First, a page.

Over the past few days, I’ve been doing some research for an easy-to-use web-based open-sourced content management system. The basic system needs to be usable by several people and needs to be simple. In the process, though, I have learned that simplicity is hard to do.
The main challenge comes from the fact that most software developers are too knowledgeable to really create easy to use system. As a result, new features are created daily for open source tools but little attention is being paid to making the overall tools easy to use. The challenge is that simple interfaces are hard to design and largely present a challenge that is woefully underappreciated. A good interface is one that is so in tune with user expectations that it becomes essentially invisible.
As a result, the balance in product development always happens between fewer features with an easier to use interface vs. large feature set with increased complexity. Weblog tools seem to manage a careful balance between the two but are unfortunately tied to a particular model, based on entries and list of entries. More complex sites, with different sections and other functionality do not fall well within that mold.
Let me go through an example to get a better idea of what I mean. The site that I am trying to create is for an organization. Most of the people in that organization are people with little to moderate computing experience. They know how to use a browser, they know how to type text into a form. That’s basically the level of knowledge that the system has to meet. However, the system should allow for a number of extra functionality such as the ability to create a set of navigations for a site, the ability to create new pages within that site, and some basic workflow components to divide between contributors (who may create content), editors (who authorize that content to be published and can create/edit/delete sections), and administrators (who will take care of adding new features, creating, editing and deleting users, and look and feel). There needs to be functionality to also allow members of the reading community to do some commenting on stories posted, and for editors to create polls.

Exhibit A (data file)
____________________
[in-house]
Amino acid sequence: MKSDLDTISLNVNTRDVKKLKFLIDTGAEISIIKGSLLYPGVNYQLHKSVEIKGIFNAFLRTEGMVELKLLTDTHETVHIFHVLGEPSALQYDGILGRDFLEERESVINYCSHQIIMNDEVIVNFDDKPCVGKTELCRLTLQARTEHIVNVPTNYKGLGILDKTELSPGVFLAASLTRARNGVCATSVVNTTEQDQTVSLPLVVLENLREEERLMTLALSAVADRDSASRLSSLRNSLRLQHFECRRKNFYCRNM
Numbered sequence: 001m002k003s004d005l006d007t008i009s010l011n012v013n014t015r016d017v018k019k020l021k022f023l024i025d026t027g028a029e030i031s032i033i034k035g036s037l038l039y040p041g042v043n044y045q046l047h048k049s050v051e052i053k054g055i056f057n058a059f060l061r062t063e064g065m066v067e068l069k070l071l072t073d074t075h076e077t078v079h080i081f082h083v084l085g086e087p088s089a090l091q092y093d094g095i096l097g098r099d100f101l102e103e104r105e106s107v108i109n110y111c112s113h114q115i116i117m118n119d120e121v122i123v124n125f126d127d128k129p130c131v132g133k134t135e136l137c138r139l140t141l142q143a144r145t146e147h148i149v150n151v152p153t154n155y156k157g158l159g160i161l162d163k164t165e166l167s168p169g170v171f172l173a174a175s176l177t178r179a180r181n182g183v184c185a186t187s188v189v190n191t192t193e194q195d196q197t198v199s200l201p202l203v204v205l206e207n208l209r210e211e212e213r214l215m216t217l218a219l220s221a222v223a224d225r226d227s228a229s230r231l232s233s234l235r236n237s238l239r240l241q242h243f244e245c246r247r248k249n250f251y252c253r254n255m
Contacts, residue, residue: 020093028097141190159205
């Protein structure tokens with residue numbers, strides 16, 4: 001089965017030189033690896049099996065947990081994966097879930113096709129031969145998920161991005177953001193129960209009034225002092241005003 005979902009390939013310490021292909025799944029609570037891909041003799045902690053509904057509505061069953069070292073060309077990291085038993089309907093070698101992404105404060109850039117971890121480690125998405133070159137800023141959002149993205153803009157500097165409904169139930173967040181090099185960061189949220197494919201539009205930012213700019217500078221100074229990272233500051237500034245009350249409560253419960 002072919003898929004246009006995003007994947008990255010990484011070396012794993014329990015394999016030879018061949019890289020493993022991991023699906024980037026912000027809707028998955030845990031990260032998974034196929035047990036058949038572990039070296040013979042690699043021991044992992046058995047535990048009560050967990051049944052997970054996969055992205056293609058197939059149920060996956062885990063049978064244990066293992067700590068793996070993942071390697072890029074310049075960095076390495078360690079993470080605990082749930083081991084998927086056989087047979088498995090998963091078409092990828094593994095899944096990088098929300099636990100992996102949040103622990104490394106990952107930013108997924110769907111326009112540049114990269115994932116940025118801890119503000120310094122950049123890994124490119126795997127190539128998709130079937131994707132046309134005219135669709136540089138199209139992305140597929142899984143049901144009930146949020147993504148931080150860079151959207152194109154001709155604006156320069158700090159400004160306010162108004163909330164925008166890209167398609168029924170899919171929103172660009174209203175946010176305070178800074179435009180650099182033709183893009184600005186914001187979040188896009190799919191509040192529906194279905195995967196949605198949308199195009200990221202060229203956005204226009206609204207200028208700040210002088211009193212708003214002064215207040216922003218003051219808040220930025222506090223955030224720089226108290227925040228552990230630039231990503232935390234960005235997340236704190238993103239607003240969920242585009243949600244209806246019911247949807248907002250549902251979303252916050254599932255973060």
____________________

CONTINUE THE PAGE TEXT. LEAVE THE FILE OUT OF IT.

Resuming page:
So far, it seems like an easy thing to build. However, when one scratches the surface, complexity sets in. How does one get notified that content needs to be updated? How does a story make it to the site? How does the site look and feel change? Using tools like Slash or PHPnuke seemed like a good idea initially but they lock a site into a particular look and feel that can only be changed with a lot of hand-wringing development. Furthermore, the complexity of organization is something that the user community could not wrap their minds around.
As a result, I’ve discovered that simplicity was much more complex. What we, as programmers, expect a user to do is very different from how users expect a system to react. From there, a big disconnect arises. We know that there is only so much you can stuff on a screen. In terms of interface design, the best systems are generally systems that appear to provide less options to the user. For example, the success of web browser arise from the fact that their interface is relatively simple: an entry field (where you type the URL), some basic navigation (go forward, go back, reload, stop, and home) and a content window. By comparison, Microsoft Word has no less than 23 choices on its “standard” menu. I would hazard a guess that most people do not use most of the functions on this menu and that they therefore should be hidden.
In Don’t Make Me Think, Steve Krug points out that proper web design should ensure that users don’t have to think about where to look in order to find the information they need. This is a pretty major step in development that shows that users should be able to intuitively use a system. However, designing such a system is a very complicated endeavor.
Over a year ago, Matthew Thomas pointed out some of the usability issues presented to the open source community. A cursory look at open source applications since then has shown little progress on the simplicity front. As a result, I have started a Yahoo Group entitled Usability Bazaar (with apologies to Eric Raymond for stealing his line.) Please feel free to join in. Together, we might be able to start focusing on those issues and developing open source software that people other than us geeks will use.
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